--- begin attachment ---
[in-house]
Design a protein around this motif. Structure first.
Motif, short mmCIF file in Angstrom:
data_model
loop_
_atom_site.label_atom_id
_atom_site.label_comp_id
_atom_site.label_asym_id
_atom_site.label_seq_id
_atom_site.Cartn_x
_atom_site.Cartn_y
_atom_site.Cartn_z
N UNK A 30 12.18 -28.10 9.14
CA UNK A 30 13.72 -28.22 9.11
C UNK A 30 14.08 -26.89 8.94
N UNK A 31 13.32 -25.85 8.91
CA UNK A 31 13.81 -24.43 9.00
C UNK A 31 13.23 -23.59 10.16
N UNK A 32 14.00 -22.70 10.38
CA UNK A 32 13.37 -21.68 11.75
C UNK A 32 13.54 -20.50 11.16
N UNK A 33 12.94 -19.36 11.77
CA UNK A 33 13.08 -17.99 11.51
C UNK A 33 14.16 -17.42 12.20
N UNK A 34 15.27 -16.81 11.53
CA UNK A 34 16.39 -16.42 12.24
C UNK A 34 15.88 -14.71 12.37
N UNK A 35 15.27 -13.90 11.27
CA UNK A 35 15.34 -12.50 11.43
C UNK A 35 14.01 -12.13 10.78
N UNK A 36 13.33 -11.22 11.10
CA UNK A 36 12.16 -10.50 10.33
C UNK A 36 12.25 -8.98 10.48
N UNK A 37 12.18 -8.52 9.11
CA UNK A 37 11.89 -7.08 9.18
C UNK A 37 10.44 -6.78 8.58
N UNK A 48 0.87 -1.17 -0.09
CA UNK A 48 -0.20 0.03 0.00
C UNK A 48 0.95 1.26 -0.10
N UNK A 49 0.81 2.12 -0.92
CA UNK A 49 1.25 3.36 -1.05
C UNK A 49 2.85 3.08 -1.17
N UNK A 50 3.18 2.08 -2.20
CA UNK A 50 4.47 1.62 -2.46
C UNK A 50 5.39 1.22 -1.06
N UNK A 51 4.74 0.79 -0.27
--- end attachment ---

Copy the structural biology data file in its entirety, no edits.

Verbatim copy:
[in-house]
Design a protein around this motif. Structure first.
Motif, short mmCIF file in Angstrom:
data_model
loop_
_atom_site.label_atom_id
_atom_site.label_comp_id
_atom_site.label_asym_id
_atom_site.label_seq_id
_atom_site.Cartn_x
_atom_site.Cartn_y
_atom_site.Cartn_z
N UNK A 30 12.18 -28.10 9.14
CA UNK A 30 13.72 -28.22 9.11
C UNK A 30 14.08 -26.89 8.94
N UNK A 31 13.32 -25.85 8.91
CA UNK A 31 13.81 -24.43 9.00
C UNK A 31 13.23 -23.59 10.16
N UNK A 32 14.00 -22.70 10.38
CA UNK A 32 13.37 -21.68 11.75
C UNK A 32 13.54 -20.50 11.16
N UNK A 33 12.94 -19.36 11.77
CA UNK A 33 13.08 -17.99 11.51
C UNK A 33 14.16 -17.42 12.20
N UNK A 34 15.27 -16.81 11.53
CA UNK A 34 16.39 -16.42 12.24
C UNK A 34 15.88 -14.71 12.37
N UNK A 35 15.27 -13.90 11.27
CA UNK A 35 15.34 -12.50 11.43
C UNK A 35 14.01 -12.13 10.78
N UNK A 36 13.33 -11.22 11.10
CA UNK A 36 12.16 -10.50 10.33
C UNK A 36 12.25 -8.98 10.48
N UNK A 37 12.18 -8.52 9.11
CA UNK A 37 11.89 -7.08 9.18
C UNK A 37 10.44 -6.78 8.58
N UNK A 48 0.87 -1.17 -0.09
CA UNK A 48 -0.20 0.03 0.00
C UNK A 48 0.95 1.26 -0.10
N UNK A 49 0.81 2.12 -0.92
CA UNK A 49 1.25 3.36 -1.05
C UNK A 49 2.85 3.08 -1.17
N UNK A 50 3.18 2.08 -2.20
CA UNK A 50 4.47 1.62 -2.46
C UNK A 50 5.39 1.22 -1.06
N UNK A 51 4.74 0.79 -0.27